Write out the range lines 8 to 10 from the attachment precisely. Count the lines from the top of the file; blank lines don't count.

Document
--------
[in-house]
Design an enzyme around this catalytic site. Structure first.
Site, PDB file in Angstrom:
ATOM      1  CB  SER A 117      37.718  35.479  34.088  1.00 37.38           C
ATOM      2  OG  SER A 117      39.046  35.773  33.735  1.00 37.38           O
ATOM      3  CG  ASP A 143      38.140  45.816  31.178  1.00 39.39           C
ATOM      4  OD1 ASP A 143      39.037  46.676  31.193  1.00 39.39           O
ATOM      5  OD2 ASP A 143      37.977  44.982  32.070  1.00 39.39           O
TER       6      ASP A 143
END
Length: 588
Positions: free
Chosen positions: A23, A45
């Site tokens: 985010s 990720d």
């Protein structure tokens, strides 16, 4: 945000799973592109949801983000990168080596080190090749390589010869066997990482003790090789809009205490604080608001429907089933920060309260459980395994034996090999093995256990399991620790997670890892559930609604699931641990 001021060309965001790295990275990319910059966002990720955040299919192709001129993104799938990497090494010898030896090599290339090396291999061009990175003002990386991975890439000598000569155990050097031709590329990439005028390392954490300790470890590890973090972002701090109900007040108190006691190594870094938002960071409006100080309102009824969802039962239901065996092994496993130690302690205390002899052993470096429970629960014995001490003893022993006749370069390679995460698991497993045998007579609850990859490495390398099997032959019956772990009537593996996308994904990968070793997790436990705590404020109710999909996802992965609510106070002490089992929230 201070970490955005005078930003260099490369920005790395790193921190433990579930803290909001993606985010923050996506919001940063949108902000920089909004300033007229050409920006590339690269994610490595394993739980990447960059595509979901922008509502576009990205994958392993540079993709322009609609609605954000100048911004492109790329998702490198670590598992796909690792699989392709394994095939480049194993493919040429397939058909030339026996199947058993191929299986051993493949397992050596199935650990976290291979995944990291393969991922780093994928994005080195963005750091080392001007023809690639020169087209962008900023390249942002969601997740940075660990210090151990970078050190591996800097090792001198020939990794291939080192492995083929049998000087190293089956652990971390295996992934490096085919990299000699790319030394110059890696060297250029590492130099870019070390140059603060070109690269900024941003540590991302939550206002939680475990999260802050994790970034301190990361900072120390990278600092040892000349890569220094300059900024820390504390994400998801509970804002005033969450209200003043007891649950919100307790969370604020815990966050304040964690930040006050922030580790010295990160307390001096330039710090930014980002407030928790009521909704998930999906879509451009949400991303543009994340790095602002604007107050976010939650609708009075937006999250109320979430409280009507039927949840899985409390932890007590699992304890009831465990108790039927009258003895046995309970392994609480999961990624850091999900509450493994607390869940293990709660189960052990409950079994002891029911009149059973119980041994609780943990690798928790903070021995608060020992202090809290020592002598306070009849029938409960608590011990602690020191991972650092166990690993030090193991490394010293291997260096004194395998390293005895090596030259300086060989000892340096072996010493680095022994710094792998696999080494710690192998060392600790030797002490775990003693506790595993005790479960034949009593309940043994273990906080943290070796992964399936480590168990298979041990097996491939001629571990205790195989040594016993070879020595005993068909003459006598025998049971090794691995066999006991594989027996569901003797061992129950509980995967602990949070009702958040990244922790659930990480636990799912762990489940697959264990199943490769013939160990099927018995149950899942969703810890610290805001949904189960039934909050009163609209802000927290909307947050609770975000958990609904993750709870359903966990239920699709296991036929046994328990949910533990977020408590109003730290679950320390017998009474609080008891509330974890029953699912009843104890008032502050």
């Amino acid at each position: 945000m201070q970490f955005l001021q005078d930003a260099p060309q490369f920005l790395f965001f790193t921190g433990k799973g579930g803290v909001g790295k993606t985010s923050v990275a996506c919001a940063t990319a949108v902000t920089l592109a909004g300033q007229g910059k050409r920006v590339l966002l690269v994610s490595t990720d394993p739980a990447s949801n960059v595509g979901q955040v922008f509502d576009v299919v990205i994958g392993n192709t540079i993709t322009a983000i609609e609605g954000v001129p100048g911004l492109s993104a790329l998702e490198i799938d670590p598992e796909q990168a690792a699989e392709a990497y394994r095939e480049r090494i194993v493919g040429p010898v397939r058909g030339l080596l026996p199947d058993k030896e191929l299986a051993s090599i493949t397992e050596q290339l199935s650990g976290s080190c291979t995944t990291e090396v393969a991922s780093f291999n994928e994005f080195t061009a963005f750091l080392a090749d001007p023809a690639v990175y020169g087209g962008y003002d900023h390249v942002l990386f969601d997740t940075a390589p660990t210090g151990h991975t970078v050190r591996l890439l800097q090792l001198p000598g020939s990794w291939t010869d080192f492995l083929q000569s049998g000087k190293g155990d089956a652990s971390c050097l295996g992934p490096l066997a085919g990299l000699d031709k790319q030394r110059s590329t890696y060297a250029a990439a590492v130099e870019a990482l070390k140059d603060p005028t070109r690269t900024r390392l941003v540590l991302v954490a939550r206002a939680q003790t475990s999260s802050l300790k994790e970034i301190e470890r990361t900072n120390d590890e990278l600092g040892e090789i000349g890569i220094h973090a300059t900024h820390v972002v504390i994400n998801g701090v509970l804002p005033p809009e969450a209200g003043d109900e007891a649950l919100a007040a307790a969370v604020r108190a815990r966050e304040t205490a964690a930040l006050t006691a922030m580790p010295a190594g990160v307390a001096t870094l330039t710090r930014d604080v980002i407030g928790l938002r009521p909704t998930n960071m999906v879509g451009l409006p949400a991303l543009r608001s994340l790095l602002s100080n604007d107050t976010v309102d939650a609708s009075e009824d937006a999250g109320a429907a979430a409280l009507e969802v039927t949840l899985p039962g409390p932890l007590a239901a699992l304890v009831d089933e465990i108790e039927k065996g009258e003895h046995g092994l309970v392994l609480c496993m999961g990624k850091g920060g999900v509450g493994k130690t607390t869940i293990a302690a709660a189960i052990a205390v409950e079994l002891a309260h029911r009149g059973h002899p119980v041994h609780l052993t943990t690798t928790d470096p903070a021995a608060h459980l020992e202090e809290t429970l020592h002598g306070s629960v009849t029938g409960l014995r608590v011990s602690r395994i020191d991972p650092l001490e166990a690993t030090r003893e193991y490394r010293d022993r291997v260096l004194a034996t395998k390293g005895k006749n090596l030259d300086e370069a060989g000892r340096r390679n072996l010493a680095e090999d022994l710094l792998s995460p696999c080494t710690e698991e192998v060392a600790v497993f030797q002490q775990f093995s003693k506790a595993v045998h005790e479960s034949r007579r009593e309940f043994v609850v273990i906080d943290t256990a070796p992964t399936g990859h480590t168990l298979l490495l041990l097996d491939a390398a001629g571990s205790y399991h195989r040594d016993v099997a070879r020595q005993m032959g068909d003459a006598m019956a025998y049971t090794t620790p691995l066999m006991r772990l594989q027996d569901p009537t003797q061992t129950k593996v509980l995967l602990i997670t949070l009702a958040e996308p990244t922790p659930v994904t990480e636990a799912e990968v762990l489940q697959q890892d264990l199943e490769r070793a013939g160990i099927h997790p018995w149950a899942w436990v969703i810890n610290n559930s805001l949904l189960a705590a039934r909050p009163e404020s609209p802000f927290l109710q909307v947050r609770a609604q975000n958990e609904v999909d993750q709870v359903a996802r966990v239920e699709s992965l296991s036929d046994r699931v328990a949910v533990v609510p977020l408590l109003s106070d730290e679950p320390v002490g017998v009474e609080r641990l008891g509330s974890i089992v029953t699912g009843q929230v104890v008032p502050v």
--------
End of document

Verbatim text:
ATOM      5  OD2 ASP A 143      37.977  44.982  32.070  1.00 39.39           O
TER       6      ASP A 143
END